Diseases don’t know borders. That maxim is often invoked to remind countries of their responsibility to deal with infectious disease outbreaks—to prevent, respond and contain. Sovereignty won’t protect an economy or a health system from a novel infectious outbreak. The language and the scenarios that are commonly used—the 1918 Spanish flu outbreak is a popular one—seek to play, as Stefan Elbe says, the ‘security card’. Scare politicians, scare their constituents, and hopefully they’ll listen.
The idea that infectious diseases are a security problem hasn’t escaped controversy—the HIV/AIDS awareness campaign is a good example. In 2000, the spread of the disease via peacekeepers secured the attention of the strongest security institution in the world and led to the first UN Security Council resolution on an infectious disease (resolution 1308). The entry point was maintaining international peace and security, and protecting the resources of troop-contributing countries—their soldiers—seemed the least controversial approach.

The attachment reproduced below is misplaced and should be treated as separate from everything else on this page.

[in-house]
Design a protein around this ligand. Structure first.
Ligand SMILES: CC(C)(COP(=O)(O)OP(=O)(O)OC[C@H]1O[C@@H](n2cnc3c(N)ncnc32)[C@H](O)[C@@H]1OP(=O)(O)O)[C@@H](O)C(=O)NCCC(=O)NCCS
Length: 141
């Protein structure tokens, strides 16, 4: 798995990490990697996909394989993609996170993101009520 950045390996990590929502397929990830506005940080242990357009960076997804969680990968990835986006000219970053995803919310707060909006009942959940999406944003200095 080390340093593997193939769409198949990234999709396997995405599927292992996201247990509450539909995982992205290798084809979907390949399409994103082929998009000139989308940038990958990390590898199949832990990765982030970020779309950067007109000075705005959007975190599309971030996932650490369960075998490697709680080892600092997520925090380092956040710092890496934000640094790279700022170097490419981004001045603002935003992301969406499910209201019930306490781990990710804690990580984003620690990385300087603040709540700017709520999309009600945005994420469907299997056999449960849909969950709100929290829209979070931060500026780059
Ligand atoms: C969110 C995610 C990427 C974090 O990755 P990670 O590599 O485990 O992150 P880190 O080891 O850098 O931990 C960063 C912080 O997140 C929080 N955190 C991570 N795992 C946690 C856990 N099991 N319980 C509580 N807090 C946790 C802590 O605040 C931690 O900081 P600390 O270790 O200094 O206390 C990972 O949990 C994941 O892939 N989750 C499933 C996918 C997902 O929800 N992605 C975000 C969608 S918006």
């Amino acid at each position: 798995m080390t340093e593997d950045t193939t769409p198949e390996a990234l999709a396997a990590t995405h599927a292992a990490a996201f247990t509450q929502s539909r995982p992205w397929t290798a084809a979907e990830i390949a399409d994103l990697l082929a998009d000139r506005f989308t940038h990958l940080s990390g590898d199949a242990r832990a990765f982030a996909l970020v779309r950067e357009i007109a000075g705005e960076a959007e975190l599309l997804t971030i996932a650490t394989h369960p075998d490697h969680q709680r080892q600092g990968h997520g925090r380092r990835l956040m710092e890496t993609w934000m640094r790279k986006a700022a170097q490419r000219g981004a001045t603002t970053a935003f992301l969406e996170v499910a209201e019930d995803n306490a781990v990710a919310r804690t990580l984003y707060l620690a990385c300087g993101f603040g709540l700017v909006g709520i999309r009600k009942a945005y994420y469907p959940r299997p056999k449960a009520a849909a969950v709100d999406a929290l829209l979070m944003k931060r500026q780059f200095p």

Please click here to read the full “Do diseases know gender?” article at The Strategist, written by Griffith Asia Institute member, Associate Professor Sara E Davies.